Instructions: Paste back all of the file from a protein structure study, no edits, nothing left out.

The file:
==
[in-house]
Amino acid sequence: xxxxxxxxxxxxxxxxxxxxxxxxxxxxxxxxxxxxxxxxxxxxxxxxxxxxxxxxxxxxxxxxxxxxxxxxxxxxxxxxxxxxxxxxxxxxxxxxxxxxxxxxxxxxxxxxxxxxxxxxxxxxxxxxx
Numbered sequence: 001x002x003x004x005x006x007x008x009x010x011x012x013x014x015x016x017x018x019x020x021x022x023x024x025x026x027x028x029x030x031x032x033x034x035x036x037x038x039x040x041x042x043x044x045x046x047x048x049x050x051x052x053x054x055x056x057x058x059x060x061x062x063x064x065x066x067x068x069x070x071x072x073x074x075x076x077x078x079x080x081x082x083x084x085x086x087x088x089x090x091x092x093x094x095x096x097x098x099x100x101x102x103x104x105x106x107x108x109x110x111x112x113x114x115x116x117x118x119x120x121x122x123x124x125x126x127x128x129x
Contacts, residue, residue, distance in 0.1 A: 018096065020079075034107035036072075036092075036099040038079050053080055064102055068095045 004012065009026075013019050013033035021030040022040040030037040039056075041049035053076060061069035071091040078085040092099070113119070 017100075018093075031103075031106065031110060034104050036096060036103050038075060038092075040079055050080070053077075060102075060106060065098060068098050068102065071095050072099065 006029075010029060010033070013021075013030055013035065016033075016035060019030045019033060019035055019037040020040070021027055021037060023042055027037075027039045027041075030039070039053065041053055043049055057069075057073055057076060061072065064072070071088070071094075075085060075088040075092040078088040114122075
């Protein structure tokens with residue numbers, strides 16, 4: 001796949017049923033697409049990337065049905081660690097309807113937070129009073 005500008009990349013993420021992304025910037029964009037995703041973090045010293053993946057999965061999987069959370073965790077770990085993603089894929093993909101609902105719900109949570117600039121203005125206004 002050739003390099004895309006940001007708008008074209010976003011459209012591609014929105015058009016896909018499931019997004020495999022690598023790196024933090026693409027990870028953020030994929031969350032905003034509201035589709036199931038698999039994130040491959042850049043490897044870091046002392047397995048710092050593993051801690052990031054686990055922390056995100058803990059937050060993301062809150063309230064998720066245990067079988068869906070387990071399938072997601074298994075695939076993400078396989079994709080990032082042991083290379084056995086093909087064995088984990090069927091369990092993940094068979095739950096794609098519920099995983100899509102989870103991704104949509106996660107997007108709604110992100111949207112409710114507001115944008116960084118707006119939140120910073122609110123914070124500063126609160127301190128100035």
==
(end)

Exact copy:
[in-house]
Amino acid sequence: xxxxxxxxxxxxxxxxxxxxxxxxxxxxxxxxxxxxxxxxxxxxxxxxxxxxxxxxxxxxxxxxxxxxxxxxxxxxxxxxxxxxxxxxxxxxxxxxxxxxxxxxxxxxxxxxxxxxxxxxxxxxxxxxx
Numbered sequence: 001x002x003x004x005x006x007x008x009x010x011x012x013x014x015x016x017x018x019x020x021x022x023x024x025x026x027x028x029x030x031x032x033x034x035x036x037x038x039x040x041x042x043x044x045x046x047x048x049x050x051x052x053x054x055x056x057x058x059x060x061x062x063x064x065x066x067x068x069x070x071x072x073x074x075x076x077x078x079x080x081x082x083x084x085x086x087x088x089x090x091x092x093x094x095x096x097x098x099x100x101x102x103x104x105x106x107x108x109x110x111x112x113x114x115x116x117x118x119x120x121x122x123x124x125x126x127x128x129x
Contacts, residue, residue, distance in 0.1 A: 018096065020079075034107035036072075036092075036099040038079050053080055064102055068095045 004012065009026075013019050013033035021030040022040040030037040039056075041049035053076060061069035071091040078085040092099070113119070 017100075018093075031103075031106065031110060034104050036096060036103050038075060038092075040079055050080070053077075060102075060106060065098060068098050068102065071095050072099065 006029075010029060010033070013021075013030055013035065016033075016035060019030045019033060019035055019037040020040070021027055021037060023042055027037075027039045027041075030039070039053065041053055043049055057069075057073055057076060061072065064072070071088070071094075075085060075088040075092040078088040114122075
């Protein structure tokens with residue numbers, strides 16, 4: 001796949017049923033697409049990337065049905081660690097309807113937070129009073 005500008009990349013993420021992304025910037029964009037995703041973090045010293053993946057999965061999987069959370073965790077770990085993603089894929093993909101609902105719900109949570117600039121203005125206004 002050739003390099004895309006940001007708008008074209010976003011459209012591609014929105015058009016896909018499931019997004020495999022690598023790196024933090026693409027990870028953020030994929031969350032905003034509201035589709036199931038698999039994130040491959042850049043490897044870091046002392047397995048710092050593993051801690052990031054686990055922390056995100058803990059937050060993301062809150063309230064998720066245990067079988068869906070387990071399938072997601074298994075695939076993400078396989079994709080990032082042991083290379084056995086093909087064995088984990090069927091369990092993940094068979095739950096794609098519920099995983100899509102989870103991704104949509106996660107997007108709604110992100111949207112409710114507001115944008116960084118707006119939140120910073122609110123914070124500063126609160127301190128100035």